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MONDAY, June 2, 2014 (HealthDay News) -- A new type of therapy shows promise in treating some women with advanced cervical cancer, researchers say.
The majority of cervical cancers are caused by the human papillomavirus (HPV). This new treatment -- called HPV-targeted adoptive T cell therapy -- boosts the body's natural immune response to HPV in cervical cancer tumors, the study authors explained.
First, HPV-targeted T cells -- immune cells that specifically attack tumor cells that contain HPV proteins -- are grown from a patient's tumor in the laboratory. The T cells are then put back into the patient's body to fight her cancer.
In this U.S. National Cancer Institute-supported study, nine women with advanced cervical cancer underwent the therapy, and three responded to it. One of those three patients had a 39 percent reduction in tumor volume, while the other two had complete remissions that had lasted for 11 months and 18 months by the time the study was written.
"This proof-of-principle study shows that adoptive transfer of HPV-targeted T cells can cause complete remission of metastatic cervical cancer and that this remission can be long-lasting," lead author Dr. Christian Hinrichs, an assistant clinical investigator at the U.S. National Cancer Institute, said in a news release from the American Society of Clinical Oncology (ASCO).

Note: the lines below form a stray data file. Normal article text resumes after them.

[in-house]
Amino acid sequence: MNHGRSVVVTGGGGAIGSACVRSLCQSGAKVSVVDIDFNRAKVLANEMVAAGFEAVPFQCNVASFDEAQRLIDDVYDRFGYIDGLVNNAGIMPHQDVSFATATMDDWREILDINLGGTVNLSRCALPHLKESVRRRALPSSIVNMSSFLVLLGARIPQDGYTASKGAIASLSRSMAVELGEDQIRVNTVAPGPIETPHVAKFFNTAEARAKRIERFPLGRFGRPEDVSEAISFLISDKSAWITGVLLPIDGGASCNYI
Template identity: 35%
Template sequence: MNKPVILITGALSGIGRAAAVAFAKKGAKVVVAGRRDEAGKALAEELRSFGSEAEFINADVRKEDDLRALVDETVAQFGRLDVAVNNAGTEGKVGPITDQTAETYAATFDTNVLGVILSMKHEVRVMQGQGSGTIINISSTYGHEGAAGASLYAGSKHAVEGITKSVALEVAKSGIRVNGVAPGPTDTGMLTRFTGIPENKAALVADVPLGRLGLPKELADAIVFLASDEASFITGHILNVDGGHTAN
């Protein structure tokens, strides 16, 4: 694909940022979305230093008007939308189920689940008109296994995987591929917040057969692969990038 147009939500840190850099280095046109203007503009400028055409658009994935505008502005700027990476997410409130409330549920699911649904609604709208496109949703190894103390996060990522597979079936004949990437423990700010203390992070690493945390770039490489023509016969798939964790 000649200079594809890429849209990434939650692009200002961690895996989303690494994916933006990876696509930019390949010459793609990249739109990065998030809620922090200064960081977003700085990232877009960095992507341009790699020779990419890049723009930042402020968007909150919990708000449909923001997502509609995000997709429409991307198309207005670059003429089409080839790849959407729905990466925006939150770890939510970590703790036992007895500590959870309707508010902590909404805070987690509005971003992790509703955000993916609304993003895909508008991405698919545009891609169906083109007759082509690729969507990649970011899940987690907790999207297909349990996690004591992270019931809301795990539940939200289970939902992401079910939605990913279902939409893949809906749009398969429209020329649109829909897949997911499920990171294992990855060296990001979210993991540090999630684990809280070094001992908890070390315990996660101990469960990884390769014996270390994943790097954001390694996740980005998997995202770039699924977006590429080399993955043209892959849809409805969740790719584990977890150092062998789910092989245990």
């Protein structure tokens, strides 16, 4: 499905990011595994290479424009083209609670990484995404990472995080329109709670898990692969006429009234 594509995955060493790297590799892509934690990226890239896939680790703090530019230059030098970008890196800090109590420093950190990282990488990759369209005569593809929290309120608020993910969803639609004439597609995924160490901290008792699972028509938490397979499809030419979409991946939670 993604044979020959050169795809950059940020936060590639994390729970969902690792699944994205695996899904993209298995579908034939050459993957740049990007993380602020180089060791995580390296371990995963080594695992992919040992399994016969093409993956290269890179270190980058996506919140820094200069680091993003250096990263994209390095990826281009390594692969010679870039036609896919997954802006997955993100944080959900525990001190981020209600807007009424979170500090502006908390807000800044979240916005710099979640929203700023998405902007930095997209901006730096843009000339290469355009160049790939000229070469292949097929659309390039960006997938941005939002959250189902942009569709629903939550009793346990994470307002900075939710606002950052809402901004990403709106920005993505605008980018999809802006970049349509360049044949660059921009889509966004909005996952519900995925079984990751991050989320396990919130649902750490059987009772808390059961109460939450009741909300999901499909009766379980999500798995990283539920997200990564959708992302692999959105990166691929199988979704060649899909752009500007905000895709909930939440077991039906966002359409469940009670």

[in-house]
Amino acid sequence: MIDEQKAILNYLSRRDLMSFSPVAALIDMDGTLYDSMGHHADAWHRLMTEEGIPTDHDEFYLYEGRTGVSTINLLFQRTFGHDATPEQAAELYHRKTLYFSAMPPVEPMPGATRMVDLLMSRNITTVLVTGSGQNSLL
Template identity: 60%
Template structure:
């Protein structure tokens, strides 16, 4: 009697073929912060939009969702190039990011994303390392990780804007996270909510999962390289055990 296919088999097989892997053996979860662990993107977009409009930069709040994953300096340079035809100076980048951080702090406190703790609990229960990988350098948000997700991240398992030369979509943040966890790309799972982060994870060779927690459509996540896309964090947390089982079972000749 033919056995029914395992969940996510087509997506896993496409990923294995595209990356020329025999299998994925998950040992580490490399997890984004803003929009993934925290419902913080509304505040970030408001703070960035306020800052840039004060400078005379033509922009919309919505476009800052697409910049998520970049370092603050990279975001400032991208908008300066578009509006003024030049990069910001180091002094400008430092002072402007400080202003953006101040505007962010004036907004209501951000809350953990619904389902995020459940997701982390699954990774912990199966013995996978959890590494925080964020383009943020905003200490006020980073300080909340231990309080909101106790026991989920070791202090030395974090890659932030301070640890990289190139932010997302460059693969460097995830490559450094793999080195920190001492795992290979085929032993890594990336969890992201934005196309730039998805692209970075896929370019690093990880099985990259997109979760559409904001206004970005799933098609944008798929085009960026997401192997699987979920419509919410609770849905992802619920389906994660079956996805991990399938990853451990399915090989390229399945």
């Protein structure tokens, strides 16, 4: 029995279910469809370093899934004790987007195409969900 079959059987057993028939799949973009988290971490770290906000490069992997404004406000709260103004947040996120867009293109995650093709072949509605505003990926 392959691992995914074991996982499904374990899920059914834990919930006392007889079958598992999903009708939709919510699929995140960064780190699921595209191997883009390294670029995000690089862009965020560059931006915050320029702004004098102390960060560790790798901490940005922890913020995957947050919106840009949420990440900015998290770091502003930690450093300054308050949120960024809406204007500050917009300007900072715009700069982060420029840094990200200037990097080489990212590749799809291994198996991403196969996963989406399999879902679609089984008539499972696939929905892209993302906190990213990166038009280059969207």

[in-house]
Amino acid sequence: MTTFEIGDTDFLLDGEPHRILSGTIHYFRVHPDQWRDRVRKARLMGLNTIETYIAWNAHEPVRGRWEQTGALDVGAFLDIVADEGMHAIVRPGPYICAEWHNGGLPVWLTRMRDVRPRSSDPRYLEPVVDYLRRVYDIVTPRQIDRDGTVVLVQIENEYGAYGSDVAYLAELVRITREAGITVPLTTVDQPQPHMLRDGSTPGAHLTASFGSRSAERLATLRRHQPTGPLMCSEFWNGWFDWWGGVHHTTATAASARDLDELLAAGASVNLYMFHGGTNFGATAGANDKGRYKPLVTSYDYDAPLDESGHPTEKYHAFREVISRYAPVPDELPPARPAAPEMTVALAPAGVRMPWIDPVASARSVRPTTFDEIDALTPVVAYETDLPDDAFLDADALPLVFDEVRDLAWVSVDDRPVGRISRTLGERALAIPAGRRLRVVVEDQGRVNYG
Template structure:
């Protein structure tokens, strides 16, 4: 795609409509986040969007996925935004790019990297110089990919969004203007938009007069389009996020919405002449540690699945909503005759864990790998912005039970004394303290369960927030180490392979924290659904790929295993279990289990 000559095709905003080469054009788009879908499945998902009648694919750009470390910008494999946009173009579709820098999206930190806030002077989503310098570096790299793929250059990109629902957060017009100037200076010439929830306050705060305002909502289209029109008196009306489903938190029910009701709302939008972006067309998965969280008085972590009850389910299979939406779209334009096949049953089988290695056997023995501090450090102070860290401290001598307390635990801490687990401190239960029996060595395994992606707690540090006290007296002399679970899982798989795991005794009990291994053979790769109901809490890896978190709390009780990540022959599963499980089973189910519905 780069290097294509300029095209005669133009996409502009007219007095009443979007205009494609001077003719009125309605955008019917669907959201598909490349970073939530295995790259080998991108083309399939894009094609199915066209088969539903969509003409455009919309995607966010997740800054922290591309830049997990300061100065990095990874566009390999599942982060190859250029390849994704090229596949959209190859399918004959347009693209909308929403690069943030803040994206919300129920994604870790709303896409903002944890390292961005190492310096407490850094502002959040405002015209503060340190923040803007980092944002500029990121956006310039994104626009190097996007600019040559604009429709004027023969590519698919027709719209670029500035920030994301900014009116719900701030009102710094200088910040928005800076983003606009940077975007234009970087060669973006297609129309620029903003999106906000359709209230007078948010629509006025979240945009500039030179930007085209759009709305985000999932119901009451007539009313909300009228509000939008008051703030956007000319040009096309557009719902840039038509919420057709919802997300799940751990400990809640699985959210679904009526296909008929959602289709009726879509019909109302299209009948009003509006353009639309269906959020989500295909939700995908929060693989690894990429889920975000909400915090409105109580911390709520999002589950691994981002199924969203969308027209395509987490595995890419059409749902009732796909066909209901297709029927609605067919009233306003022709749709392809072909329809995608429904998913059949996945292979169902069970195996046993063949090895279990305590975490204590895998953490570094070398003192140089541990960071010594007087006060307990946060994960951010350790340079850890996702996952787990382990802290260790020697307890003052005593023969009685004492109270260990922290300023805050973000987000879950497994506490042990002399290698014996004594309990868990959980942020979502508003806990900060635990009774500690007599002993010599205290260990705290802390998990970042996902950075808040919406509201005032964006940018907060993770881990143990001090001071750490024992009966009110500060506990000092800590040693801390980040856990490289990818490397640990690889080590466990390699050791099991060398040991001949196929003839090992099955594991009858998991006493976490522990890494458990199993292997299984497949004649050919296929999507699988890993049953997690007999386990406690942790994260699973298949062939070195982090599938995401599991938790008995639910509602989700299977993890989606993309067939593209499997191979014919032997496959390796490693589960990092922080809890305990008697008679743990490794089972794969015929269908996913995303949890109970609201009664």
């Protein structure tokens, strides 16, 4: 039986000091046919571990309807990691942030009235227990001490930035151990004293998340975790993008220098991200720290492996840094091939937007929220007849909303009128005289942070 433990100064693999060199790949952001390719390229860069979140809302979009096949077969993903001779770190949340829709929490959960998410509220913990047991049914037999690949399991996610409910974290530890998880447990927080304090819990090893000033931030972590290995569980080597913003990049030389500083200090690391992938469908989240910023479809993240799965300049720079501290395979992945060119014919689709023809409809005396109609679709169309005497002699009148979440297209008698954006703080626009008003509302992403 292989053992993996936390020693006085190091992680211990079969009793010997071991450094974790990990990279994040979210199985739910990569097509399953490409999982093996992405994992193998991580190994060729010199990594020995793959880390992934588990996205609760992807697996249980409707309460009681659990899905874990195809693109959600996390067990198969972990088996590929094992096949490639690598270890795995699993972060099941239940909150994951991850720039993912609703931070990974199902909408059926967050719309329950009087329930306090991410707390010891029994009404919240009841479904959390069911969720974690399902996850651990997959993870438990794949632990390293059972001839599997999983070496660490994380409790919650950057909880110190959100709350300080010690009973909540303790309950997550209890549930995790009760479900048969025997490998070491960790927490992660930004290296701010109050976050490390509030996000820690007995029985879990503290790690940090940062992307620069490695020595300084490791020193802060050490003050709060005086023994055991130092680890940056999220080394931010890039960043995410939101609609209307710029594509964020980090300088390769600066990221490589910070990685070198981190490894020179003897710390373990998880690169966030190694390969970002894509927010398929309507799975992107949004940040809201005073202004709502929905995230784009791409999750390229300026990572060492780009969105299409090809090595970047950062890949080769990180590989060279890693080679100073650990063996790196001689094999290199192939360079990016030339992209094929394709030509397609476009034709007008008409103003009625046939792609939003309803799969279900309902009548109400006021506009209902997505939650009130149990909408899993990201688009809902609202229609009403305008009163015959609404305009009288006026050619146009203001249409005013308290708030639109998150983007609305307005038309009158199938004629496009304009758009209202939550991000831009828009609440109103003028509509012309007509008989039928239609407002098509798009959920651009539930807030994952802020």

The therapy was linked to serious side effects, however, including low blood counts, infections and metabolic disorders, the researchers said. Hinrichs and colleagues were scheduled to present the findings Monday in Chicago at the ASCO annual meeting.
"Cellular therapy might have application to a broader range of tumor types than previously recognized," Hinrichs said. However, he added, "this treatment is still considered experimental and is associated with significant side effects. We also need to explore why this therapy worked so well in certain women, and not in others."
Studies presented at medical meetings are typically considered preliminary until published in a peer-reviewed journal, but two experts in the field remained cautiously optimistic about the new therapy.
"I think that this small pilot study provides an important proof-of-concept," said Dr. Louis Weiner, director of the Georgetown Lombardi Comprehensive Cancer Center in Washington, D.C.
"Engineered T cells can identify and destroy metastatic cancer cells when those cells express a truly cancer-relevant target," Weiner said. "While the field is still young, and this study is preliminary, these results provide optimism that people's T cells can be reprogrammed to treat many types of cancer."
Dr. Krzysztof Misiukiewicz, assistant professor of medical oncology at the Icahn School of Medicine at Mount Sinai in New York City, agreed. He said the research is a step forward in the treatment of cancers linked to HPV, but added that more studies are needed to help bring "regulatory approval of adoptive T cell therapy as a standard of care."
Misiukiewicz also stressed that more work must be done to help predict which patients will benefit most from the treatment, to shorten the time needed to culture the necessary T cells in the laboratory, and to boost the "memory" of the T cells so they can best fight tumor cells.
In the ASCO news release, expert oncologist Dr. Don Dizon added: "These preliminary data demonstrate, not only the viability of this approach, but that gains in survival can be realized in a cancer where patients have little to no effective treatment options and where median survival is usually less than two years."
-- Robert Preidt
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